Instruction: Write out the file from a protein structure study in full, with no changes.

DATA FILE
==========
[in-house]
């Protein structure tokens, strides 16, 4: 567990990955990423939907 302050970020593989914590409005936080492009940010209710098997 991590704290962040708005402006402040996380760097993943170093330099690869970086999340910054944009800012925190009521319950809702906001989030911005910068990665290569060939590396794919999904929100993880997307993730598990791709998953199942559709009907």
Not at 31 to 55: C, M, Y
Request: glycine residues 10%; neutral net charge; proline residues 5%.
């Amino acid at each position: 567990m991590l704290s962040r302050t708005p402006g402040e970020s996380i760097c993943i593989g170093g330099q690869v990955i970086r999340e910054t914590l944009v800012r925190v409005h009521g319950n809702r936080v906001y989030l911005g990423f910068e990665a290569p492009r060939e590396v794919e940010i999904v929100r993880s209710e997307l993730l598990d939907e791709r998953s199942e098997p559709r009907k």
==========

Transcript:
[in-house]
């Protein structure tokens, strides 16, 4: 567990990955990423939907 302050970020593989914590409005936080492009940010209710098997 991590704290962040708005402006402040996380760097993943170093330099690869970086999340910054944009800012925190009521319950809702906001989030911005910068990665290569060939590396794919999904929100993880997307993730598990791709998953199942559709009907």
Not at 31 to 55: C, M, Y
Request: glycine residues 10%; neutral net charge; proline residues 5%.
């Amino acid at each position: 567990m991590l704290s962040r302050t708005p402006g402040e970020s996380i760097c993943i593989g170093g330099q690869v990955i970086r999340e910054t914590l944009v800012r925190v409005h009521g319950n809702r936080v906001y989030l911005g990423f910068e990665a290569p492009r060939e590396v794919e940010i999904v929100r993880s209710e997307l993730l598990d939907e791709r998953s199942e098997p559709r009907k």